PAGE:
Commissioners contemplate garbage options
“How much are you willing to pay for our trash?” Marion County Commission Chairman Dan Holub asked Thrusday.
The comment was only partially in jest because John Waltner and Roy Patton of Harvey County Waste Department brought a proposal to the commission to convert municipal solid waste into electricity.
Waltner and Patton have worked on the renewable energy project the last 12 years, with a goal of finding a way of converting the 90 tons of waste Harvey County generates daily into energy. It has had mixed results over that time.
“In the past we’ve talked to snake oil salesmen,” Waltner said.
They said they finally have a machine that can reliably convert trash into electricity with little pollution. The gasification machine was created by ICM, Inc. of Colwich.
“This is the closest we’ve been to something we feel can actually work,” Waltner said.
The machine works by placing trash in a long cylindrical tube and pulling it along a conveyer belt in a circular motion. The trash is broken into smaller pieces by a large auger. It is then heated using a small amount of propane or natural gas. The garbage is reduced to embers but the temperature is held at a moderate level that reduces polution.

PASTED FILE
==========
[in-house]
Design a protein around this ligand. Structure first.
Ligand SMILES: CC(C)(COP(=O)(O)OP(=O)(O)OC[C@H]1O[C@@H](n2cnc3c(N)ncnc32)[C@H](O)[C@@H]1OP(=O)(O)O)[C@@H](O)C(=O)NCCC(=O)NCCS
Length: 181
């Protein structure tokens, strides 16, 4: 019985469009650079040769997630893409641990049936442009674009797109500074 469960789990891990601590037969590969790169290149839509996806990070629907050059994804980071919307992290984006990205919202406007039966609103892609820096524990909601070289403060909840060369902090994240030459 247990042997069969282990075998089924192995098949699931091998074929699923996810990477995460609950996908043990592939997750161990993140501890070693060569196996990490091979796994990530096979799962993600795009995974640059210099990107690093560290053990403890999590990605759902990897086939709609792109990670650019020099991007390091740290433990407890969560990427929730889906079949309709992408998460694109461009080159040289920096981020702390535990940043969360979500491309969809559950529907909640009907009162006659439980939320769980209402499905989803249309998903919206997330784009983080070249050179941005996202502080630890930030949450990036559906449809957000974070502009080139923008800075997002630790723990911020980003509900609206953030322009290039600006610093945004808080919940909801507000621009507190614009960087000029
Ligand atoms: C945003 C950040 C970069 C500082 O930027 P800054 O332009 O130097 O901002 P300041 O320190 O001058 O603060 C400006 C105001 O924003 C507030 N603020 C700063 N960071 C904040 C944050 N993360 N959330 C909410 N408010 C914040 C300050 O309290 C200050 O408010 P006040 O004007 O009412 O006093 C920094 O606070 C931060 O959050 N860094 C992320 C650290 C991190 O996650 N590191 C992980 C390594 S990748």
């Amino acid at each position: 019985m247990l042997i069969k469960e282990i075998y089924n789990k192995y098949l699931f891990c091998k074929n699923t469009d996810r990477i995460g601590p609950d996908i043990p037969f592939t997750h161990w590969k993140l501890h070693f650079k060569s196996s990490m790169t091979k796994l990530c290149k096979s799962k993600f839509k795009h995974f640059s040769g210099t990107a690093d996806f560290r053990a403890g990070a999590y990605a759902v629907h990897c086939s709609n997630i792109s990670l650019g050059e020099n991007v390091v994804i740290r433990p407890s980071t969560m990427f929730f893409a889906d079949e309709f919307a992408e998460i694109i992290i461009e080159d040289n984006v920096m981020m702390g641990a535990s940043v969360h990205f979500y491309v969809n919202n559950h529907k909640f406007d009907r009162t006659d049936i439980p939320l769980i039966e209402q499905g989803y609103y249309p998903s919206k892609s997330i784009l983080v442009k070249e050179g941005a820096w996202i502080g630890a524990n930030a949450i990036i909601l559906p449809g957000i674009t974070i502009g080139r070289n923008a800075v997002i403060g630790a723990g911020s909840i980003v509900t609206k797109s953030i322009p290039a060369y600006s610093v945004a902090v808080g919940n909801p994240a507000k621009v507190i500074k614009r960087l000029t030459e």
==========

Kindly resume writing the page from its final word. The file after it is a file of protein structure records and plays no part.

“A lot of emissions are controlled by controlling temperatures,” Patton said. “It’s not going to be belching black smoke 20 hours a day.”
The heat created from a steady supply of waste is transferred to a boiler, which converts water into steam. The steam is then funneled into turbines where it creates electricity. Once the machine is running, a steady supply of trash will keep the operation running without any extra ignition substance.
With the trash currently generated in Harvey County each day, Patton said the gasification machine could create 3.5 megawatts of power, enough to power about 2,000 homes.
The reason both representatives of the Harvey County Waste Department were talking to commissioners was to ask for the county’s trash that is currently transported to Butler County Landfill.
“We know it’s costing you now,” Waltner said. “We can’t tell you Marion County will make a ton of money on MSW, but long term we don’t see landfill costs going down.”
There are still a number of hurdles to clear before the project can get up and running. Patton and Waltner need to develop a separator that would take out items that could not be burned down — batteries, glass, and metal — out of the stream of trash. They need to find a large source of available water to convert to steam. They also need to work on a power purchasing agreement with Westar for the electricity produced by gasification.
“All of these things need to happen and it won’t happen overnight,” Waltner said.
Even with the disclaimer, commissioners were buoyed by the proposition. At the very least, transporting trash to Newton would save some money from driving waste to El Dorado.
“We commend you in Harvey County for trying to do something like this,” Commissioner Randy Dallke said.
Last modified June 7, 2012